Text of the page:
October 30, 2009

What are your lifelines?

I was thinking this morning about things I cannot live without.

I don't mean things like air and water and an appropriate amount of carbon dioxide to stimulate the breathing reflex; I'm talking about things that, if they were suddenly to go away, would make such a huge dent in my quality of life that living would be difficult to do.

The whole reason that this came up is that I did something last night I hardly ever do (which is the reason I'm posting in the afternoon rather than in the morning): I forgot to take my antidepressant before I went to bed.

Those of you who have read Head Nurse know that I take Effexor to control anxiety and depression. It's been a literal lifesaver for me; I think I would've died of ennui had I not started taking it five years ago. *Not* taking it, though, is worse than being depressed: even the extended-release version will set you up for nasty, nasty withdrawal symptoms if you miss so much as a single dose. Think dreams that even Crabby's Lucid Dreaming post couldn't help you control, weird visual and physical effects, and a feeling like your brain has the flu.

So I woke up this morning feeling electric shocks down my arms and up my neck, remembered the crazy dream I had (the ICU staff was doing a cross between "Survivor" and "The Amazing Race", neither of which I've ever seen, and we had to walk from Dallas to the Gaza Strip), felt foggy and goofy, and realized: This drug? Is a lifeline for me. Without it, I have Brain Scurvy.

Intrigued by the thought that a little red capsule could be so important, I thought about other lifelines I have. One is my relationship with my sister. Another, surprisingly, is my relationship with Attila.

Three years ago, if you'd told me I would consider a monumentally expensive personal trainer to be a necessity rather than a luxury, and that I'd actually panic at the thought of not working out with that M.E.P.T., I would've laughed you out of the room. I knew intellectually that exercise could change brain chemistry for the better. I knew it could help manage stress. I knew it could increase a person's feelings of competency and self-esteem. I just didn't realize how much those study results would apply to me.

I'll be darned, though, if I don't feel so much better, so much less goofy, and so much more competent when I'm done falling over my own feet and dropping weights on my head! At first, it was the Hammer Analogy: it felt so good when I stopped that I didn't mind the weight-dropping and floor-kissing. Now, though, it's a totally different feeling: I *jones* for workouts. And I know that I have neither the determination nor the discipline to do them on my own, so I really depend on Attila.

I have, totally unintentionally, become something of a jock. When I'm out for walks with Max, he'll stay on the ground while I balance on a low wall. We'll do doggy-timed wind sprints. I no longer poop out at the idea of lifting heavy patients--in fact, it's become something of a noblesse oblige thing for me to help with every lift at work.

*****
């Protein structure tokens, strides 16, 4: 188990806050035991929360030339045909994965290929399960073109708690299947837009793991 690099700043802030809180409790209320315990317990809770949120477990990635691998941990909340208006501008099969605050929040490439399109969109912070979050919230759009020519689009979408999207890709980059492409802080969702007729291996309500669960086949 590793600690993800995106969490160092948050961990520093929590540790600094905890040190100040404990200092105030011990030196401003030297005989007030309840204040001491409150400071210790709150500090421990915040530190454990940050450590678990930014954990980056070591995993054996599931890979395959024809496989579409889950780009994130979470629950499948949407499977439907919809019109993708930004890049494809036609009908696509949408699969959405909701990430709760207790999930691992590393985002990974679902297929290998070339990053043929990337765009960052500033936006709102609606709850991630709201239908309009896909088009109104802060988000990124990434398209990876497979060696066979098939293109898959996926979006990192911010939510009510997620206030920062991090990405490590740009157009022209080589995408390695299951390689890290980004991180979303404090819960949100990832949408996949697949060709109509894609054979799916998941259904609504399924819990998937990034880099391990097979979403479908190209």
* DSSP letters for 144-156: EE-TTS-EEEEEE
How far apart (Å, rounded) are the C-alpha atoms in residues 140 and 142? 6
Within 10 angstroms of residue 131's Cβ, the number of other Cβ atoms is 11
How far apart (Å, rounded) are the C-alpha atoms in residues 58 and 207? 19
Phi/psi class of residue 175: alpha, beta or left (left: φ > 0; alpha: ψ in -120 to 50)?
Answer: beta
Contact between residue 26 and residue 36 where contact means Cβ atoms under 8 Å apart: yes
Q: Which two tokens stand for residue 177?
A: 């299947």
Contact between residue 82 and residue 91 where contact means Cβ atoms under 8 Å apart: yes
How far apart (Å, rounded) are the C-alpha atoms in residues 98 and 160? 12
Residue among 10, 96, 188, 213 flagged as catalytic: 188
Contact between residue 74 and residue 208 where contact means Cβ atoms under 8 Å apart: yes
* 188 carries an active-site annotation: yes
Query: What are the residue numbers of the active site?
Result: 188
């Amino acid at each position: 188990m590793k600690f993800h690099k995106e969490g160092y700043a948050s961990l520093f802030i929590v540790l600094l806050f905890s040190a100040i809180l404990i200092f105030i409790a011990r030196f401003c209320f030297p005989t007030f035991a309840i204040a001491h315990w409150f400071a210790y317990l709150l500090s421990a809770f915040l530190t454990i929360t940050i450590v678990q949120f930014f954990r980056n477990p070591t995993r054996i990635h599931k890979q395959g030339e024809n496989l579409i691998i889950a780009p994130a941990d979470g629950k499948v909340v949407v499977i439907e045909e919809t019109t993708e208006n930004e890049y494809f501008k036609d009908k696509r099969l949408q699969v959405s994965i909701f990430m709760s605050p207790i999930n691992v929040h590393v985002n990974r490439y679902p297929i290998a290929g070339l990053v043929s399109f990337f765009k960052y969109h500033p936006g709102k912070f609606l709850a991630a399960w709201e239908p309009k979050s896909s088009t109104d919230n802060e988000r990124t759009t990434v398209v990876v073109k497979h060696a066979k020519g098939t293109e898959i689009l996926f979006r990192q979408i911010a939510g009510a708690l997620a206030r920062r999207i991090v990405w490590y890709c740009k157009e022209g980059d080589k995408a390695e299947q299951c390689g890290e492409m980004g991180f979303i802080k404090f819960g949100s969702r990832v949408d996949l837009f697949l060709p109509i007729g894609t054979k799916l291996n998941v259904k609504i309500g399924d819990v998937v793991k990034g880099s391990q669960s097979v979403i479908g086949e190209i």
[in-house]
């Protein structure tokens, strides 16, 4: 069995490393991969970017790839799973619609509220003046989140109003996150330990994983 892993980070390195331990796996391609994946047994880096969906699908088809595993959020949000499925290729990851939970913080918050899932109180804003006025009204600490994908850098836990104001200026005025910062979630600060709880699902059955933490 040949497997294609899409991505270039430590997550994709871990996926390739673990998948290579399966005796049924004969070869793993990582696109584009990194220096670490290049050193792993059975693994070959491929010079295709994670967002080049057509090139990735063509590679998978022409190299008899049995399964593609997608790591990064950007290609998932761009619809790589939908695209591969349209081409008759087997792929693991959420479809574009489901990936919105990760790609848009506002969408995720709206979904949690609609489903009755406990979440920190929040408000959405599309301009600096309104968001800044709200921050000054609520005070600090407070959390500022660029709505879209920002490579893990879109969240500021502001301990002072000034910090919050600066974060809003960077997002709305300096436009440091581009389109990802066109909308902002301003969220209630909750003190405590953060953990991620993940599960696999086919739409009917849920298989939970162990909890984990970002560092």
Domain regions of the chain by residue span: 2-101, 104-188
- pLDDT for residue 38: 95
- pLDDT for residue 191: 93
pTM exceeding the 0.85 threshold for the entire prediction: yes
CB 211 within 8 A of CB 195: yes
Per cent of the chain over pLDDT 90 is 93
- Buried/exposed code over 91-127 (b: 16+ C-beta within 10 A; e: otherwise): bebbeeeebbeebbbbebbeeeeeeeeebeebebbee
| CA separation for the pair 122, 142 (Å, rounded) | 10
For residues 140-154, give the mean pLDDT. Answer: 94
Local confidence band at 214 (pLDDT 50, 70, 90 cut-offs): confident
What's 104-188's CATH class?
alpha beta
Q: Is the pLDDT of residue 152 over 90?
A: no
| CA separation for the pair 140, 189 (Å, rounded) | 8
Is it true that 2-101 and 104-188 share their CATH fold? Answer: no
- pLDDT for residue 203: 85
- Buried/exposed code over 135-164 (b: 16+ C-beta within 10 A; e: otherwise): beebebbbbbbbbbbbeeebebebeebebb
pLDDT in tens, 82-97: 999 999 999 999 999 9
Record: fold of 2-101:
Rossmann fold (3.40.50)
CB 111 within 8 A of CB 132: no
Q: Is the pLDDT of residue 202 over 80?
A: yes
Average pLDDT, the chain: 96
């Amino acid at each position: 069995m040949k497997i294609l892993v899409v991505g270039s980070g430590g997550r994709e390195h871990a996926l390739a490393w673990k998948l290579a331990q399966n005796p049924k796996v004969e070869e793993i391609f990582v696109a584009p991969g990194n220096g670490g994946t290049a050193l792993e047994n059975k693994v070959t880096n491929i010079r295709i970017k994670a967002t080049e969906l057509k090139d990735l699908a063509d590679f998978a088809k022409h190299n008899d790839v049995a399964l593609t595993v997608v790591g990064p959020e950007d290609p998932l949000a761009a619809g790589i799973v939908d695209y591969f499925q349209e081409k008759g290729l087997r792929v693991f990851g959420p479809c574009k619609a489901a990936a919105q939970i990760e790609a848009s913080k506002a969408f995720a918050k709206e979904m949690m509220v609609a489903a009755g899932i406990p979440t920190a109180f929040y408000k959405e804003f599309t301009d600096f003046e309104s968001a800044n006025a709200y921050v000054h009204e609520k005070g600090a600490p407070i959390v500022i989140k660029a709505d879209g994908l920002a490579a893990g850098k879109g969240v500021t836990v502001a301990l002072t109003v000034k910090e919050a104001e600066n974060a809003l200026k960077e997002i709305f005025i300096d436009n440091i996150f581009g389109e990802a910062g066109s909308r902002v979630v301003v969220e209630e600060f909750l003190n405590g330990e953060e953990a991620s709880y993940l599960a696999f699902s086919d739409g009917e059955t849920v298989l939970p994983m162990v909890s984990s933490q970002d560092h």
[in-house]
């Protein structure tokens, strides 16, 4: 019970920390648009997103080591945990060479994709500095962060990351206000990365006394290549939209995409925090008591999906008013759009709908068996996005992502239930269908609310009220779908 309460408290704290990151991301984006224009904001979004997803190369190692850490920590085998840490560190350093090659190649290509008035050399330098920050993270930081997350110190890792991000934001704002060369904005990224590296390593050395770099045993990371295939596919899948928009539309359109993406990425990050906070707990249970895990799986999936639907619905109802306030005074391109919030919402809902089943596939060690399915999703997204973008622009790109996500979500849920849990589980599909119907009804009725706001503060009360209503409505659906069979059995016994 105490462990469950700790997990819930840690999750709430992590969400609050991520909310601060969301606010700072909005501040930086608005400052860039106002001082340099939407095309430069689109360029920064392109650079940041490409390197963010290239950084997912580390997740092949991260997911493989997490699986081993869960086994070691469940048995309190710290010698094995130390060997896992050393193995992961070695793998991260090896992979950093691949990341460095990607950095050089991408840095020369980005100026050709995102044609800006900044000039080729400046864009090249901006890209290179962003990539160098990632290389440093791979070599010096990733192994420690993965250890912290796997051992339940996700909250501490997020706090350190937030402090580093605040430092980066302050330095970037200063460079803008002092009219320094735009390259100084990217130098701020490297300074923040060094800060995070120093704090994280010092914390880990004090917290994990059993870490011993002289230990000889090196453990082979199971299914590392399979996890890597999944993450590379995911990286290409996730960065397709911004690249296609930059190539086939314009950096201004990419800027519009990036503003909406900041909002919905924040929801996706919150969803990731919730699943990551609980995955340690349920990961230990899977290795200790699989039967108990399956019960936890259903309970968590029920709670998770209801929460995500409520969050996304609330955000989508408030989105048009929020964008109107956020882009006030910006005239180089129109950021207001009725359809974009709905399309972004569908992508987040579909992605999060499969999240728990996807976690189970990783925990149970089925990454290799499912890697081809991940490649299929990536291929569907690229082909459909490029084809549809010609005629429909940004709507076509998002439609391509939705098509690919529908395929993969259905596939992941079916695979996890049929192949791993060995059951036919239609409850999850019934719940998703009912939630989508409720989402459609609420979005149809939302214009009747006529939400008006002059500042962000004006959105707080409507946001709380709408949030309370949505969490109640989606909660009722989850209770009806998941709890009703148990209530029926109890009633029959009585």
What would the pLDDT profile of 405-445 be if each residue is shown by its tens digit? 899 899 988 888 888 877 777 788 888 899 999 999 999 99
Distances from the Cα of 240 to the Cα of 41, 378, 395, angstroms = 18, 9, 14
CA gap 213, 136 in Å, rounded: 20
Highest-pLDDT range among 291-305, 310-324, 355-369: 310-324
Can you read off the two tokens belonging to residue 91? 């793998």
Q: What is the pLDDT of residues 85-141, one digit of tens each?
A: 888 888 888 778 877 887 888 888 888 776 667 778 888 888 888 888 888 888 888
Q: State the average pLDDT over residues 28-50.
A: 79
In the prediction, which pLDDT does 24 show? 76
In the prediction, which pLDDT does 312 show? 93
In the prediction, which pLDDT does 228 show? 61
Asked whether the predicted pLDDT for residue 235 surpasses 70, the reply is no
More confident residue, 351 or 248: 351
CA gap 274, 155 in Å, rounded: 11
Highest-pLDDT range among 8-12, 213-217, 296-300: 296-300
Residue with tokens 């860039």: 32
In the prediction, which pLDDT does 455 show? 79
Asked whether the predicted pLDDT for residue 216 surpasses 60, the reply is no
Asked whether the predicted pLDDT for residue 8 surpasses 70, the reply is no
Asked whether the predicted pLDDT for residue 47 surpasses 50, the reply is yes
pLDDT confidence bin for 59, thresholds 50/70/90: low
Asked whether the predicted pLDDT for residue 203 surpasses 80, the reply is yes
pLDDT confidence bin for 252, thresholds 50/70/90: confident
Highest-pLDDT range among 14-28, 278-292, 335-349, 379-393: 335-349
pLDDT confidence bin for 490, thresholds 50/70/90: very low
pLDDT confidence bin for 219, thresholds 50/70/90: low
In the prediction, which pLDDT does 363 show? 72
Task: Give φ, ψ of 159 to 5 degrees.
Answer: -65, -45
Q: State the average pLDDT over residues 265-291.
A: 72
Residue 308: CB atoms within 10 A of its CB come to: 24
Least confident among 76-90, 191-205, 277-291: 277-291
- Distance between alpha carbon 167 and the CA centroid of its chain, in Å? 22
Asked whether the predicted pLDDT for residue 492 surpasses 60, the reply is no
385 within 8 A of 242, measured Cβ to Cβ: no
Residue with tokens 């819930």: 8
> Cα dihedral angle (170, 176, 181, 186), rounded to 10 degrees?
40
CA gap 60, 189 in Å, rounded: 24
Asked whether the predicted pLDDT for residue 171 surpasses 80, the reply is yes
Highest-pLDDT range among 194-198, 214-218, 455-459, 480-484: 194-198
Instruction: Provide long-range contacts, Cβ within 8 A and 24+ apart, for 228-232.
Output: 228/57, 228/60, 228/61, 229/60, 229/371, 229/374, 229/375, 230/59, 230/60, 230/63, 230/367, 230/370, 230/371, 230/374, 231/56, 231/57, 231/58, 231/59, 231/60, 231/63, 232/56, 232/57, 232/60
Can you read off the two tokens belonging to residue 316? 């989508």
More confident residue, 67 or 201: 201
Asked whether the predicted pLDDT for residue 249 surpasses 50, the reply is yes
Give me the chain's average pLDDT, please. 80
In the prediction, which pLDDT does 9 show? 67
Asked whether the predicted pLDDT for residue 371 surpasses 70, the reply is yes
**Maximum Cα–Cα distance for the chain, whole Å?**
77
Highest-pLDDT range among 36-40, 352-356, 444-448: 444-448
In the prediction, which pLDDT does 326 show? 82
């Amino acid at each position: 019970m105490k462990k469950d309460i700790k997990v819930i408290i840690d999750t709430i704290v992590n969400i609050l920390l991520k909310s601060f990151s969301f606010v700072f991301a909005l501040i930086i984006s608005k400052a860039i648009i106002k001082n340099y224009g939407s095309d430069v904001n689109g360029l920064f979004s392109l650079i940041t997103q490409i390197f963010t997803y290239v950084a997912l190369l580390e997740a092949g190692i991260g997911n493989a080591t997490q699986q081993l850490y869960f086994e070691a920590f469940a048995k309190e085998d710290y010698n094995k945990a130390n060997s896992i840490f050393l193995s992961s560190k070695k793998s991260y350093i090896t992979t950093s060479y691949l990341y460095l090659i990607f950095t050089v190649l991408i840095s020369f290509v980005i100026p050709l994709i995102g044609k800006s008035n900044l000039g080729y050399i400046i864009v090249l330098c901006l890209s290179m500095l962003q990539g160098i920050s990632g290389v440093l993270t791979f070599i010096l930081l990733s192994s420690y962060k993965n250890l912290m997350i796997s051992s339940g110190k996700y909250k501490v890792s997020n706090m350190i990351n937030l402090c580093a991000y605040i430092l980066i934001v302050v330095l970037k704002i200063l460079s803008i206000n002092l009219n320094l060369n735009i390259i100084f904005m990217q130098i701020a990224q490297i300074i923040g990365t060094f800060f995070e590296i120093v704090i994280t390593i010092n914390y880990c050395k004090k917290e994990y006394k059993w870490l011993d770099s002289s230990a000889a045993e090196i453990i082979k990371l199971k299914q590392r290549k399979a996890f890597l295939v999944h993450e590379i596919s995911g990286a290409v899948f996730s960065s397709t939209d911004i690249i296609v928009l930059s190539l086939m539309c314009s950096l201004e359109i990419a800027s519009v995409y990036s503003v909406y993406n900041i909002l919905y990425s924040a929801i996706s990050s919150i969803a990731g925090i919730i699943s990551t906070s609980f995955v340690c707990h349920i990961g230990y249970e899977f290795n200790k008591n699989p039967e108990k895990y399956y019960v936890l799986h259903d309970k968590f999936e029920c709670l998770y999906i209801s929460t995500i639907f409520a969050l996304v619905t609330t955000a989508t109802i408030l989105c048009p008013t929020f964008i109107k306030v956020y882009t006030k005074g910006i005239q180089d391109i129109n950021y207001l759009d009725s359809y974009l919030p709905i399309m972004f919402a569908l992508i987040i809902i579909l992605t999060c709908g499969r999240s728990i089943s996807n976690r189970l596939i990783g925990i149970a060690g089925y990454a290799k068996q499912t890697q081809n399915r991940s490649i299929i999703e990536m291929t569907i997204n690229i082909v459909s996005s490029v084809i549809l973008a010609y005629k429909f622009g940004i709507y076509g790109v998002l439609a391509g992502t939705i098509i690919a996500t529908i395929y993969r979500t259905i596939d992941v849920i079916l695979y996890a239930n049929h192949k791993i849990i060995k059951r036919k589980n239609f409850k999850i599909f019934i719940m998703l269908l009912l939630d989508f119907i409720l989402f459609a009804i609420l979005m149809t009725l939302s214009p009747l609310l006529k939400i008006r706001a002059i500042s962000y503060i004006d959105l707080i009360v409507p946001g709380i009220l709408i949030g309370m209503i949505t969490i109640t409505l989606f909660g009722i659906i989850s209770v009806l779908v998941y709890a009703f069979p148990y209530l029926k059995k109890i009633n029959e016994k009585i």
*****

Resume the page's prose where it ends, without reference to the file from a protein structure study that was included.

It's not to the point yet that I'm wearing running shoes out in public, or that I'm eating horrible protein bars for breakfast and taking licorice extract at lunch, but I'm sure that time will come. When it does, please knock some sense into my head and remind me of my other lifeline: FRITOS.

What are your lifelines? How many of them are body-fitness-related, and how many are brain-fitness-related?


  1. Cheese, pasta, chocolate, books. I'm a pretty big I (for introvert, both in the Myers-Briggs sense and the hermit sense), so if the Internet went away, I wouldn't care so much; just don't take my books. I guess that also means don't take my sight or my ability to read, which go hand in hand with books and writing. That would suck.

    Would I rather be dead than blind? Tough call.


  2. I'd have to say a big lifeline for me is my spirituality and I'm not talking sitting 'round praising Jesus etc. I would say it's my ability to look inside myself for strength and calm. though it prob has to do with the antidepressants. ;-)

  3. The fact that Pilates helps both brain and body fitness (and that I actually do it) would make me smug, but thinking of how fiendishly difficult some of the workouts are and how awkward I look when I do them -- like a modern dance rehearsal gone horribly wrong -- kind of keeps me from it.

  4. My husband is a psychologist and my best friend is a rabbi, so I guess I get my therapy cheap :) I need them both to stay happy and grounded. I get very grumpy without exercise-- Zumba being my favorite. The other stuff- growing things, minor social contacts in my small town, kid events, cozy fires and hot baths- they all contribute too.